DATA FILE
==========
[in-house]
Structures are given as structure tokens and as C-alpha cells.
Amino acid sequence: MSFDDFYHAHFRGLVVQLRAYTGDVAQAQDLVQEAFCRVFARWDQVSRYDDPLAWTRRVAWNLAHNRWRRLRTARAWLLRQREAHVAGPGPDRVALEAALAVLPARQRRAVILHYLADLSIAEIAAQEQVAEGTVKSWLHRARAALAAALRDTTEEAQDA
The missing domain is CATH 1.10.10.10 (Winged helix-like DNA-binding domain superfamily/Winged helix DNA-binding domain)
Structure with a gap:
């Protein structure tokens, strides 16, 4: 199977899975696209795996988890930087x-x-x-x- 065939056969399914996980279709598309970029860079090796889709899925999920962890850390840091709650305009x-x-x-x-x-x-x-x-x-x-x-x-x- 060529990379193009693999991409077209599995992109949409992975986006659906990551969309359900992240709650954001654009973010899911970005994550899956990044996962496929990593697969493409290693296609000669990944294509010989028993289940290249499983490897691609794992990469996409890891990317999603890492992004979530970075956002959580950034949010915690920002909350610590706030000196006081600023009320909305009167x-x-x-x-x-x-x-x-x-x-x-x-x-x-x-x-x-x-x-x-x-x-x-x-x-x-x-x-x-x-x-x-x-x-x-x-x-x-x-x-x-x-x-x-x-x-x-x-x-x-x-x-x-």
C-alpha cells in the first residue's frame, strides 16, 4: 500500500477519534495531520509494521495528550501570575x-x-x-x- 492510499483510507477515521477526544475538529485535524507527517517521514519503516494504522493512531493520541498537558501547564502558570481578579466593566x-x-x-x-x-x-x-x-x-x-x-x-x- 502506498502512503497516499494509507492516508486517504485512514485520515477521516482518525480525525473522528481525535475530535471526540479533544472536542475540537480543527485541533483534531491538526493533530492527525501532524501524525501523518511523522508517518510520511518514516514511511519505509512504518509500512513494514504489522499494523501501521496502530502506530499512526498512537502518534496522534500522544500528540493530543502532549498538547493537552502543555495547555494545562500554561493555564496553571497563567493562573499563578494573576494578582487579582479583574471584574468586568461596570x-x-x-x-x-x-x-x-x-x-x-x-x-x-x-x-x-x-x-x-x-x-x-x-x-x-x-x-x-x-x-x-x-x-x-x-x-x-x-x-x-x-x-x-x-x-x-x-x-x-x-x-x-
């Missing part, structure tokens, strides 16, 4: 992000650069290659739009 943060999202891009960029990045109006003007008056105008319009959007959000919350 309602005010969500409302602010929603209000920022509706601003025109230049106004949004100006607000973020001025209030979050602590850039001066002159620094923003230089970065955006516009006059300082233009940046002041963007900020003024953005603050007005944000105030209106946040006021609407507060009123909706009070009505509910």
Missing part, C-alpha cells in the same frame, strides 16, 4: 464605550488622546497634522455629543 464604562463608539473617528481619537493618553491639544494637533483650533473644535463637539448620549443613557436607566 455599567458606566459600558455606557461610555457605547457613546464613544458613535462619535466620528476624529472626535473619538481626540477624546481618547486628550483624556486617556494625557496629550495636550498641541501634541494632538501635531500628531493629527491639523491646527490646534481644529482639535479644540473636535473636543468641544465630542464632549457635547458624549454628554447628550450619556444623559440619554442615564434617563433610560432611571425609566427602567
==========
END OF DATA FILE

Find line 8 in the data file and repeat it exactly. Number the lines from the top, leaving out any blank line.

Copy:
């Missing part, structure tokens, strides 16, 4: 992000650069290659739009 943060999202891009960029990045109006003007008056105008319009959007959000919350 309602005010969500409302602010929603209000920022509706601003025109230049106004949004100006607000973020001025209030979050602590850039001066002159620094923003230089970065955006516009006059300082233009940046002041963007900020003024953005603050007005944000105030209106946040006021609407507060009123909706009070009505509910």